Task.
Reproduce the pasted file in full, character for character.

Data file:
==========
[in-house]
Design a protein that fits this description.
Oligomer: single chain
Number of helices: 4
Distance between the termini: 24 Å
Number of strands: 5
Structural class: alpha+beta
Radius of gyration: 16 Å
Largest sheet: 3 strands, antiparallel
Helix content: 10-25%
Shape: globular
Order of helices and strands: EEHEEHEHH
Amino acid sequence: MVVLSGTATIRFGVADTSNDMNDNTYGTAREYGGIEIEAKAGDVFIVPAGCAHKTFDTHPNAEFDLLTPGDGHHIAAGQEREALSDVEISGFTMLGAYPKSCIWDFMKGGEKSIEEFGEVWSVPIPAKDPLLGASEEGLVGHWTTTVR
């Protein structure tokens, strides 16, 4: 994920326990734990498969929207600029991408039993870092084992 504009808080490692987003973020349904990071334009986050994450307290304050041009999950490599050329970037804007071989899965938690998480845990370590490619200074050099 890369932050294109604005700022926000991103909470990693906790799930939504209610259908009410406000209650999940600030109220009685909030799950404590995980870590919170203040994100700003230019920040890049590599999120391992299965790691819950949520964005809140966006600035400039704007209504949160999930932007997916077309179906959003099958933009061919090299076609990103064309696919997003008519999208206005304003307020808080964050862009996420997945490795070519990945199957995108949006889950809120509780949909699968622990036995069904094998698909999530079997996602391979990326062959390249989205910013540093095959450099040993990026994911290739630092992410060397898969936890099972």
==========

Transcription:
[in-house]
Design a protein that fits this description.
Oligomer: single chain
Number of helices: 4
Distance between the termini: 24 Å
Number of strands: 5
Structural class: alpha+beta
Radius of gyration: 16 Å
Largest sheet: 3 strands, antiparallel
Helix content: 10-25%
Shape: globular
Order of helices and strands: EEHEEHEHH
Amino acid sequence: MVVLSGTATIRFGVADTSNDMNDNTYGTAREYGGIEIEAKAGDVFIVPAGCAHKTFDTHPNAEFDLLTPGDGHHIAAGQEREALSDVEISGFTMLGAYPKSCIWDFMKGGEKSIEEFGEVWSVPIPAKDPLLGASEEGLVGHWTTTVR
């Protein structure tokens, strides 16, 4: 994920326990734990498969929207600029991408039993870092084992 504009808080490692987003973020349904990071334009986050994450307290304050041009999950490599050329970037804007071989899965938690998480845990370590490619200074050099 890369932050294109604005700022926000991103909470990693906790799930939504209610259908009410406000209650999940600030109220009685909030799950404590995980870590919170203040994100700003230019920040890049590599999120391992299965790691819950949520964005809140966006600035400039704007209504949160999930932007997916077309179906959003099958933009061919090299076609990103064309696919997003008519999208206005304003307020808080964050862009996420997945490795070519990945199957995108949006889950809120509780949909699968622990036995069904094998698909999530079997996602391979990326062959390249989205910013540093095959450099040993990026994911290739630092992410060397898969936890099972």